One of the great parts of my job is that I get to serve as a connector – helping Congress understand Main Street and vice versa. This is of course always best accomplished with face-to-face interactions because those create personal connections, promote listening and understanding, and build the kind of bridges we need to get real work done.
Even so, I can honestly tell you I’ve rarely seen a time where face-to-face interactions have more value then they do now and that’s because of the significant turnover we’ve seen - in Congress and in the membership of key tax-writing committees.
The 116th Congress has a lot of new faces:
- 8 newly elected Senators
- 86 newly elected Representatives
- 14 new members (11 Democrats and 3 Republicans) on the House Ways and Means Committee.
This transformation presents a great opportunity to get in front of a new batch of leaders as they’re setting their priorities.
With that in mind, U.S. Chamber members have been encouraged to meet all the new House Ways and Means Committee Members at a Meet-and-Greet event we are hosting this week (February 26) and a second gathering we are holding with 40+ key House and Senate tax staffers on March 8. Attendance for them is high. Here’s why.
Priorities are being set
The first comprehensive tax reform package in over 30 years has been passed and implemented and now it’s time to talk about its impact. House Ways and Means Chairman Richard Neal (D-MA) has repeatedly said he wants hearings on the 2017 tax law, which means there is a lot to share with the committee, a quarter of which consists of new members.
Is tax reform at risk of repeal or substantial modification? Is there an interest in addressing tax matters that were not included in tax reform? Lawmakers will soon make these decisions, so now is the time to get in front of them and advocate for any legislative tax changes you want them to add to their priority list.
This is a learning phase
Timing is critical and at the U.S. Chamber, we have found that the earlier you involve yourself in the legislative process and get to know members of Congress, the easier it is to influence legislative change.
Because lawmakers are setting their priorities right now, they are still very much in an information-gathering mode, and my experience has been that members and their staff really are open to learning. They want to hear if you are facing any challenges under the Tax Cuts and Jobs Act (TCJA) or see potential areas for improvement. They want their constituents to share their experiences before they move on to their next phase of trying to enact goals.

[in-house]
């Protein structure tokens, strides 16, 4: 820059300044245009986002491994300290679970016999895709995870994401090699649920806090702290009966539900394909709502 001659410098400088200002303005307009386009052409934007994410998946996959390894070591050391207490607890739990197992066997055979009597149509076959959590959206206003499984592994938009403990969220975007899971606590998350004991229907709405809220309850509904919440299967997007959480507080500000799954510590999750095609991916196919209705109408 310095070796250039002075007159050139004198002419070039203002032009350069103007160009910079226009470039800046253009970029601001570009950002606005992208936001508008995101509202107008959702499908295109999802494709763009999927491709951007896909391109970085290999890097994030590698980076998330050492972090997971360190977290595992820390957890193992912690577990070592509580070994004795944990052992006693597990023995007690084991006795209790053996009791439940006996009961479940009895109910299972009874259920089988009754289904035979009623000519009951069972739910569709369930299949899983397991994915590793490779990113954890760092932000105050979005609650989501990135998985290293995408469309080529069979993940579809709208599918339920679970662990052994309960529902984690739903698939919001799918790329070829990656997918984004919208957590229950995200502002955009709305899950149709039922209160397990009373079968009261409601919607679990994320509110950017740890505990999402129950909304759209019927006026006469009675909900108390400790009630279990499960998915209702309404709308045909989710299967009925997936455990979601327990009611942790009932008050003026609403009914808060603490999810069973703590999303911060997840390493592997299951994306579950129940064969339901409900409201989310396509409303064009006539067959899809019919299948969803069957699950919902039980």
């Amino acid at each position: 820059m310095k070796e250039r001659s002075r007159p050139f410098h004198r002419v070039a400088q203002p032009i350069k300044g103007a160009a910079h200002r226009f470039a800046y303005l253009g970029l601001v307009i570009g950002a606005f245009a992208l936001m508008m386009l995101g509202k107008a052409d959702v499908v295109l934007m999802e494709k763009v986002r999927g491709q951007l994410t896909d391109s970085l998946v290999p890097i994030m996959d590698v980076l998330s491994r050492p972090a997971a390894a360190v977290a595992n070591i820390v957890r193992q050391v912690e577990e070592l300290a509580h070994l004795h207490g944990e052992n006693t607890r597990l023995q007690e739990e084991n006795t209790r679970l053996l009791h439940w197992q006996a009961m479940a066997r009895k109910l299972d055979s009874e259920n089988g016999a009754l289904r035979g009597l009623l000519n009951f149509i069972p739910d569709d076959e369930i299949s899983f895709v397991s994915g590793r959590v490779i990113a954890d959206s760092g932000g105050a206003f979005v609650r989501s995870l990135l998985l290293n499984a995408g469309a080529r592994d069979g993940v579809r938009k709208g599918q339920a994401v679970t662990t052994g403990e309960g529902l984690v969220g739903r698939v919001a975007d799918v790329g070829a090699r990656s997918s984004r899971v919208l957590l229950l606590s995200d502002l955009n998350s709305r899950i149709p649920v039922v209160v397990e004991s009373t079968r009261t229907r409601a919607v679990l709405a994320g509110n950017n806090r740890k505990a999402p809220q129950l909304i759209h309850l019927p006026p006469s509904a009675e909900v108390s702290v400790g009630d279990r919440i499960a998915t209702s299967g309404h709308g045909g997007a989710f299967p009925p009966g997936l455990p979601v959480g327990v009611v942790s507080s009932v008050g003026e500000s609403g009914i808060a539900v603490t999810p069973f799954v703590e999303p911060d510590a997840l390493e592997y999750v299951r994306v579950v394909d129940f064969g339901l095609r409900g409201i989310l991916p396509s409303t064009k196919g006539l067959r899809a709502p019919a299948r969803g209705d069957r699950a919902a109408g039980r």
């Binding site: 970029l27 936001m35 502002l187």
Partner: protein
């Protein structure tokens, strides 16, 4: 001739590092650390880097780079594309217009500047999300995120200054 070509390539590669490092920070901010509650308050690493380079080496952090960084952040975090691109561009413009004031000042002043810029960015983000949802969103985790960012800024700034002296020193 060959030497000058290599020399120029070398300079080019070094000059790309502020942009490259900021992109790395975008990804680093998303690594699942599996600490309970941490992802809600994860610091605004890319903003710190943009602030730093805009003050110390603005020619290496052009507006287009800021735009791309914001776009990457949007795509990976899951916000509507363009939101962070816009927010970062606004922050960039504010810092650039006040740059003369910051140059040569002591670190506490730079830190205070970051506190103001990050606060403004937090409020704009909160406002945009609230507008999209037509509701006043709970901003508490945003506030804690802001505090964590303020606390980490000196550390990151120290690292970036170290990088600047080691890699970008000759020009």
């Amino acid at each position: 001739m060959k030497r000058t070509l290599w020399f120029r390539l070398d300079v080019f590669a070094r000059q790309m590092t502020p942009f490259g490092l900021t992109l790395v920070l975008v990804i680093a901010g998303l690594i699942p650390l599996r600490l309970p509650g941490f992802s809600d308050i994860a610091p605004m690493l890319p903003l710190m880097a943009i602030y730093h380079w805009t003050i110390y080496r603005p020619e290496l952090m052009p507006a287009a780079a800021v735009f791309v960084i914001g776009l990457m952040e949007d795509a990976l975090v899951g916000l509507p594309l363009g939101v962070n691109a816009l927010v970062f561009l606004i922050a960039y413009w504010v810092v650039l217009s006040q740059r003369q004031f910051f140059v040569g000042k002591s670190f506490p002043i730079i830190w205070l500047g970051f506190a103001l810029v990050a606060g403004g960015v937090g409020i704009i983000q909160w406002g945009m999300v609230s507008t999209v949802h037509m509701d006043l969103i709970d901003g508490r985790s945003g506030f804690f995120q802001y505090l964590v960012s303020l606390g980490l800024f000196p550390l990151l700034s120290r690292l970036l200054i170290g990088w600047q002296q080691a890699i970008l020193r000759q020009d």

There is power in your story
Lawmakers are looking for your opinions and ideas about issues like tax extenders, impacts of the new tax law, and more. But more than anything, they want to hear your stories. Personal stories are powerful to politicians because they rely on them for all parts of their job. They need to know who is in their district and how they are being impacted and they need to be able to share those real world examples in a variety of settings.
I see it happen all the time. A two-minute story is shared at an event like a meet-and-greet and after that, lawmakers repeat it – on the floor, at other events, and back in their home districts when they are debating an issue or making their case. Stories are a key part of the arguments they will offer going forward and this is the perfect environment to share them.
The number advantage
There are lots of chances to meet lawmakers and staff on the Hill, but it’s often hard to get large groups of decision makers together in one room. When that happens at these events, it provides so many benefits.
There’s a logistical one of course. It saves the time and energy of going from one office to another. But the benefits go so much deeper than that. The number of key decision makers attending presents an extraordinary opportunity to understand the current climate, hear from both sides of the aisle, and engage in an exciting exchange of ideas.
Value of face-to-face connections
You can learn about Congress’ tax priorities by reading articles but there is no question that a deeper understanding comes from direct conversations and personal connections forged with decision makers overseeing issues that matter to you.
It’s about what is said and the vibe or feeling you get during those conversations. All of that can be translated back to your office as pragmatic advice on how to navigate the current Congress and advocate for your issue. These gatherings can also help you find others in the business community to connect with and collaborate with on your key issues.
The bottom line is this: free-form discussion of ideas is what leads to real connection and therefore real change. It builds relationships and creates trust and it’s always easier for your voice to be heard once key decision makers know you and your story.
Connect with Wilson on Twitter @ashleywilsonCOC.
This piece originally appeared on LinkedIn.